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Specificity of archaeal caspase activity in the extreme halophile Haloferax volcanii


For correspondence. E-mail bidle@marine.rutgers.edu; Tel. (+1) 848 932 3467; Fax (+1) 732 932 4083.


Caspase-like proteases are key initiators and executioners of programmed cell death (PCD), which is initiated by environmental stimuli and manifests in organisms ranging from unicellular microbes to higher eukaryotes. Archaea had been absent from the caspase inheritance discussion due to a lack of gene homologues. We recently demonstrated extremely high, basal caspase-like catalytic activity in the model haloarcheon, Haloferax volcanii, which was linked to the cellular stress response and was widespread among diverse Archaea. Here, we rigorously tested the catalytic specificity of the observed archaeal caspase-like activities using hydrolytic assays with a diverse suite of protease substrates and inhibitors compared with known model serine and cysteine proteases (trypsin, cathepsin, papain, and human caspase-8). Our experiments demonstrate that exponentially growing H. volcanii possesses a highly specific caspase-like activity that most closely resembles caspase-4, is preferentially inhibited by the pan-caspase inhibitor, zVAD-FMK, and has no cross-reactivity with other known protease families. Our findings firmly root the extremely high levels of caspase-like activity as the dominant proteolytic activity in this extreme haloarcheaon, thereby providing further support for housekeeping functions in Haloarchaea. Given the deep archaeal roots of eukaryotes, we suggest that this activity served as a foundation for stress pathways in higher organisms.


Caspases are a family of highly refined, intracellular cysteine proteases that cleave a wide variety of substrate proteins at the C-terminus of an aspartate residue within specific tetrapeptide motifs. They generally display strong conservation in amino acid sequence, structure and substrate specificity (Cohen, 1997; Stennicke and Salvesen, 1998; Thornberry and Lazebnik, 1998) possessing a conserved domain structure with a histidine- and cysteine-containing catalytic diad. A variety of caspases have been identified in different metazoan animals, ranging from Hydra to humans (Thornberry and Lazebnik, 1998; Cikala et al., 1999; Sanmartín et al., 2005) that are key initiators and executioners of programmed cell death (PCD) or apoptosis, a genetically controlled, irreversible form of cell death that elicits specific morphological changes initiated by environmental stimuli (Lockshin and Williams, 1965; Kerr et al., 1972).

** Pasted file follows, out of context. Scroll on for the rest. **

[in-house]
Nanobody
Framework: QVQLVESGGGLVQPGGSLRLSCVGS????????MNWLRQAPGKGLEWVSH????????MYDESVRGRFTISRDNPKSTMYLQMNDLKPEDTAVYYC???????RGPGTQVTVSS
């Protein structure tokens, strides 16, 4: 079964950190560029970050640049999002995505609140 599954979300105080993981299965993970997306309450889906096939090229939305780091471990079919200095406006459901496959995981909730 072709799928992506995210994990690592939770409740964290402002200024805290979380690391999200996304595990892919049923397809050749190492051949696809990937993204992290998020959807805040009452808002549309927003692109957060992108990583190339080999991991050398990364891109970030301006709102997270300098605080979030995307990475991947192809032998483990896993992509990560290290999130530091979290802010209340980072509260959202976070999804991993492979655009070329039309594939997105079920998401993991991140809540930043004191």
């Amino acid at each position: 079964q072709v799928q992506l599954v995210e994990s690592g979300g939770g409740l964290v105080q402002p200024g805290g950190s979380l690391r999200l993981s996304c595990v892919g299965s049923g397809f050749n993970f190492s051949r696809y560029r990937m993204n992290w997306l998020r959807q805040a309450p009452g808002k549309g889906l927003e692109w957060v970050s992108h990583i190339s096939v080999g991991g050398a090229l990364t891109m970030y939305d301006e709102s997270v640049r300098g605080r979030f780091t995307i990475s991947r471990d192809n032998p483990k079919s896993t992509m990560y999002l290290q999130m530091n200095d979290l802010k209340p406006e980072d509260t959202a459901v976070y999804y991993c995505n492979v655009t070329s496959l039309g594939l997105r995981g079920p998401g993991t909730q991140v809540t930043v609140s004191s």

Although PCD was first discovered in multicellular organisms, which use it for development and defence, it has now been shown to be a ubiquitous trait throughout nature, spanning diverse prokaryotes, and both unicellular and multicellular eukaryotes. PCD is catalysed either by classic caspases or orthologous proteins, such as metacaspases, paracaspases, phytaspases, and saspases (Vaux and Korsmeyer, 1999; Koonin and Aravind, 2002; Coffeen and Wolpert, 2004; Riedl and Shi, 2004; Salvesen and Abrams, 2004; Sanmartín et al., 2005; Chichkova et al., 2010; Mace et al., 2010; Vartapetian et al., 2011). Genomic, morphological and biochemical evidence of caspase-mediated PCD has also been documented in widely diverse evolutionary lineages of prokaryotic and eukaryotic phytoplankton including cyanobacteria, coccolithophores, diatoms, and dinoflagellates (Vardi et al., 1999; Segovia et al., 2003; Berman-Frank et al., 2004; Bidle and Falkowski, 2004; Moharikar et al., 2006; Bidle et al., 2007; Bidle and Bender, 2008). These cumulative findings have peaked interest in exploring the molecular evolution of caspase-like proteins, their function, and the evolutionary drivers that have influenced their retention in different microbial lineages (Ameisen, 2002; Koonin and Aravind, 2002; Bidle and Falkowski, 2004).

Until recently, Archaea were absent from the discussion on the establishment, maintenance, and inheritance of apoptotic machinery, as their genomes lack clear homologues of these proteins (Koonin and Aravind, 2002). However, the incidence and roles of caspase-like proteins are only now beginning to be recognized in this third domain of life. We recently demonstrated that the model haloarcheon, Haloferax volcanii, exhibits very high, caspase-8-like (IETDase) activity and expression of immunoreactive proteins to human caspase-8 antisera, both of which were induced by salt stress and death and were abolished by in vivo addition of a broad-spectrum caspase inhibitor (Bidle et al., 2010). Caspase inhibition severely impaired cell growth under low and high salt stress, suggesting a critical role in the cellular stress response (Bidle et al., 2010). Furthermore, detection of similarly high catalytic activity and expression of immunoreactive proteins in other haloarchaea (Halorubrum and Haloarcula) and in diverse members of Euryarchaeota (the methanogen Methanosarcina acetivorans and the hyperthermophile Pyrococcus furiosus) and Crenarchaeota (the acidophile Sulfolobus solfataricus) argue for broad representation within the archaeal domain (Bidle et al., 2010).